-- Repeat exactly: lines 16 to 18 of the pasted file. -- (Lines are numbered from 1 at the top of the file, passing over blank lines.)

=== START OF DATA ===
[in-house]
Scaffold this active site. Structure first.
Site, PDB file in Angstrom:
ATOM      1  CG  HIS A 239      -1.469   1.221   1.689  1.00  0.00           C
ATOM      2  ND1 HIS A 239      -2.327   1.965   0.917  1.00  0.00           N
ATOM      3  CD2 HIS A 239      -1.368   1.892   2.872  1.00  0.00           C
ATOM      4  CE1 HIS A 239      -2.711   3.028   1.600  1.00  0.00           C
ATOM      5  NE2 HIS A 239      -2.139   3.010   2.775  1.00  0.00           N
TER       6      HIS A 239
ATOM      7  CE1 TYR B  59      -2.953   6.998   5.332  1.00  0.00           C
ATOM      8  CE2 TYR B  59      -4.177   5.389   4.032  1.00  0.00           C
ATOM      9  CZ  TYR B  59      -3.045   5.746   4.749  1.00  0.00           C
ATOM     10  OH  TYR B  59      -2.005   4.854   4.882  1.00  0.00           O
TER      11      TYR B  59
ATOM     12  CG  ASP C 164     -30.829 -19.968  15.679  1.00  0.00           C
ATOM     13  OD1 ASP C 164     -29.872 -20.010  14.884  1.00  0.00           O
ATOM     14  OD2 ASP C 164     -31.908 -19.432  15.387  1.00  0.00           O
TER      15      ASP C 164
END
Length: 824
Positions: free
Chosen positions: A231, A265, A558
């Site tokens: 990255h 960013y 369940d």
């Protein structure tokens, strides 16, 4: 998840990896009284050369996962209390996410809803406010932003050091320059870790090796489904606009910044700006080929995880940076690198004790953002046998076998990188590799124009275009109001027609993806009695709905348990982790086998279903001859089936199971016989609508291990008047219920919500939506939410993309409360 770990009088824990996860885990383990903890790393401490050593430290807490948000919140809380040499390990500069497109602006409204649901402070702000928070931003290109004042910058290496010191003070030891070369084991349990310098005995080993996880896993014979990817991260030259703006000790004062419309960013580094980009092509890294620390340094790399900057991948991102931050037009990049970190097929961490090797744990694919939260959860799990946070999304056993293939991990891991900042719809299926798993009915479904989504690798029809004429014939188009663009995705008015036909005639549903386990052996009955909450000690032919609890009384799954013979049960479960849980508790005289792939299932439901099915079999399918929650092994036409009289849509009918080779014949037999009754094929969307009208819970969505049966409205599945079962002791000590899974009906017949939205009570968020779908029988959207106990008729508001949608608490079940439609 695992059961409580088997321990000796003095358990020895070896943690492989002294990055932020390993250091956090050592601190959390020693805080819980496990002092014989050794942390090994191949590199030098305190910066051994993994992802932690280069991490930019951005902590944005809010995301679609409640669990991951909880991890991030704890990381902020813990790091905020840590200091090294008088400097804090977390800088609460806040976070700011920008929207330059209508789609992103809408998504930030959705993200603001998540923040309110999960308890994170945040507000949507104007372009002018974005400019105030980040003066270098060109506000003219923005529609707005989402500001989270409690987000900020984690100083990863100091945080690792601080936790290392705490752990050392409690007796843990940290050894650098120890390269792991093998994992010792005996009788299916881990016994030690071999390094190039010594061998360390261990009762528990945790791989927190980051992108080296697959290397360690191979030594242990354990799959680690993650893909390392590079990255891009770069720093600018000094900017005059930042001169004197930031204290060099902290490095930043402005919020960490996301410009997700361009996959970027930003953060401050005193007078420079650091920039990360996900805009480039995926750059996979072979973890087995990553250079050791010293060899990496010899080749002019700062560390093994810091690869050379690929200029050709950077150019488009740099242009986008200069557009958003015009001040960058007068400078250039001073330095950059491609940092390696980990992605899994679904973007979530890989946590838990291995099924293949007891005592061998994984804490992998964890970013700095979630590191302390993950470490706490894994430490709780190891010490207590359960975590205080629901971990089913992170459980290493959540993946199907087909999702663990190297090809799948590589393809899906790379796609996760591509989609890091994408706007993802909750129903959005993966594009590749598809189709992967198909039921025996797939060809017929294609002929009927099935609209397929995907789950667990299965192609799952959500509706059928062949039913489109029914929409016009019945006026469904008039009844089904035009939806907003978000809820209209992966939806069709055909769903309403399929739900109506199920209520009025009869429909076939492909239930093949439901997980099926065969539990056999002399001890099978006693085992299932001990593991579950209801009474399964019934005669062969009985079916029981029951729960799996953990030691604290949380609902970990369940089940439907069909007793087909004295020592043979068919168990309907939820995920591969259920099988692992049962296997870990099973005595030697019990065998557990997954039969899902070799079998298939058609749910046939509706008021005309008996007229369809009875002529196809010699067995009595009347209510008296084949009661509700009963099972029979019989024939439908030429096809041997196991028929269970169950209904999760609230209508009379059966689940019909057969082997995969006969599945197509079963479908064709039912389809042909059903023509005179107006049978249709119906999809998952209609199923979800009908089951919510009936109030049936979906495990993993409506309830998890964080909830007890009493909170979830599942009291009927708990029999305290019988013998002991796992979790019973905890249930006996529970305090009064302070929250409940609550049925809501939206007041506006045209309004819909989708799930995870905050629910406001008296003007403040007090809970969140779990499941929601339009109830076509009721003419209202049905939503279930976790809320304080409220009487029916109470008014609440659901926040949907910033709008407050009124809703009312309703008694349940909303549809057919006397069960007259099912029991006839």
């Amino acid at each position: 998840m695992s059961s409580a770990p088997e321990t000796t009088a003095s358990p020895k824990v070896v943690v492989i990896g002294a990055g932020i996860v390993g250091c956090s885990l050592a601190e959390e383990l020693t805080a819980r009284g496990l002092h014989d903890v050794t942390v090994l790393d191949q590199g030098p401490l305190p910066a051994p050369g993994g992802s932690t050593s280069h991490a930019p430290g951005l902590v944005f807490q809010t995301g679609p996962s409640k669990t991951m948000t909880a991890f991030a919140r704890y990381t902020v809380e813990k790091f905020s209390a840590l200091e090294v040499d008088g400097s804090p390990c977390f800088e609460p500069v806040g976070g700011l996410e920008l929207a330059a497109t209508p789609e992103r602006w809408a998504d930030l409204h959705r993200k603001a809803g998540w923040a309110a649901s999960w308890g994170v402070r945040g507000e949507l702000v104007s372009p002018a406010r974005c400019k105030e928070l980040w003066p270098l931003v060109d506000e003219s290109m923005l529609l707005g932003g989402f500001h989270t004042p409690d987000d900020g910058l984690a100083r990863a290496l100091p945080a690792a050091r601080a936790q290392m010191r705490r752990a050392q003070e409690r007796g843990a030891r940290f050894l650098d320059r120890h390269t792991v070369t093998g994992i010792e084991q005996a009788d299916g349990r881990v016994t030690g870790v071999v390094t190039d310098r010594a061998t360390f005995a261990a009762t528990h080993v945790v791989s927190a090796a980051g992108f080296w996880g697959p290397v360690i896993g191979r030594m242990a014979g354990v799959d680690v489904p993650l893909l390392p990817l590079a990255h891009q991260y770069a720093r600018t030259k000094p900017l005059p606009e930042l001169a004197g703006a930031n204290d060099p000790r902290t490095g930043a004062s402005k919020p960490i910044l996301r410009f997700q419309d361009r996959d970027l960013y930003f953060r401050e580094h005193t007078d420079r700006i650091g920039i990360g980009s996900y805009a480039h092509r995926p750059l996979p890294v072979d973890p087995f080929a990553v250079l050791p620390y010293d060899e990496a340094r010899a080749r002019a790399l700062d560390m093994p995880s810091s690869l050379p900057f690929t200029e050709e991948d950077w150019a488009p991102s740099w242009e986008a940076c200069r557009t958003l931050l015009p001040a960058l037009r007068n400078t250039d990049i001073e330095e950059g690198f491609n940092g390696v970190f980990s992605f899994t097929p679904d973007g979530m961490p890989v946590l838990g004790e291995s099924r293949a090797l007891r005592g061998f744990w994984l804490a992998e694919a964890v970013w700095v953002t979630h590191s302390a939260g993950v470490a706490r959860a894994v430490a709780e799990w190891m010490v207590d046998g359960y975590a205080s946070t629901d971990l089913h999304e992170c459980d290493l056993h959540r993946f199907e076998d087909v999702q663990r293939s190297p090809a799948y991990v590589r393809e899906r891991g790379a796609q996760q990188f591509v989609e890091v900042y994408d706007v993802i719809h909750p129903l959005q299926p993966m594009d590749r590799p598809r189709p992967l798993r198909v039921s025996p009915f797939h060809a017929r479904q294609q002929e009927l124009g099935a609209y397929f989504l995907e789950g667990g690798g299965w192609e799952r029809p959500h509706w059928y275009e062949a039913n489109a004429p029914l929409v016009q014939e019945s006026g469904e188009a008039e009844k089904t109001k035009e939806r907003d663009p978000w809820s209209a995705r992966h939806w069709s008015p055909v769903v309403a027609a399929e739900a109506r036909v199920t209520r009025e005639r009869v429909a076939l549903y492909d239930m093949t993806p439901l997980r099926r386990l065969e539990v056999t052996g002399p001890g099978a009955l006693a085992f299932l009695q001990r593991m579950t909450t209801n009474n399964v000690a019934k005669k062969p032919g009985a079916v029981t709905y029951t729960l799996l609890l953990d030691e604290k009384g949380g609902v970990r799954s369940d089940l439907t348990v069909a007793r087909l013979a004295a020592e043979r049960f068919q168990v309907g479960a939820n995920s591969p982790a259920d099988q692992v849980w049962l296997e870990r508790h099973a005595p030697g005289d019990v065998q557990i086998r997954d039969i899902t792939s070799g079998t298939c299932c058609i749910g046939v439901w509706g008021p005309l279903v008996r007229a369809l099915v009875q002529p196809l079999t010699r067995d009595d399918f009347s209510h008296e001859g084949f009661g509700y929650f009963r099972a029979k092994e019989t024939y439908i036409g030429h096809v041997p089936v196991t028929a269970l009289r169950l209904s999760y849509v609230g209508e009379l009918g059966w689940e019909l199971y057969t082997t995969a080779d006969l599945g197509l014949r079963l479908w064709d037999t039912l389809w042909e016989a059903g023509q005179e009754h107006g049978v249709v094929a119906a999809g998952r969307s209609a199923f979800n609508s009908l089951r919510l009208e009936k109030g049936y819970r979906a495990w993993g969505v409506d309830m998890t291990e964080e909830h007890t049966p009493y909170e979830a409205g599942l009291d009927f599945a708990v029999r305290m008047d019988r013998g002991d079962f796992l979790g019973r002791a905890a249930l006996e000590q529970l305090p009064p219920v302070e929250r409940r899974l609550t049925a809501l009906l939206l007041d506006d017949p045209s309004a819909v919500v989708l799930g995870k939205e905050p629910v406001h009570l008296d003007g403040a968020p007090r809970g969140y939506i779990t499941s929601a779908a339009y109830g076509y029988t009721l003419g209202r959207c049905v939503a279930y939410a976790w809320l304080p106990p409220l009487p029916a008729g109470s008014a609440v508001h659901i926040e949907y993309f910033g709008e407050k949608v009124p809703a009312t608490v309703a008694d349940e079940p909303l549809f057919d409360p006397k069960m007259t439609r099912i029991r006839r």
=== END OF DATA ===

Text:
ATOM     13  OD1 ASP C 164     -29.872 -20.010  14.884  1.00  0.00           O
ATOM     14  OD2 ASP C 164     -31.908 -19.432  15.387  1.00  0.00           O
TER      15      ASP C 164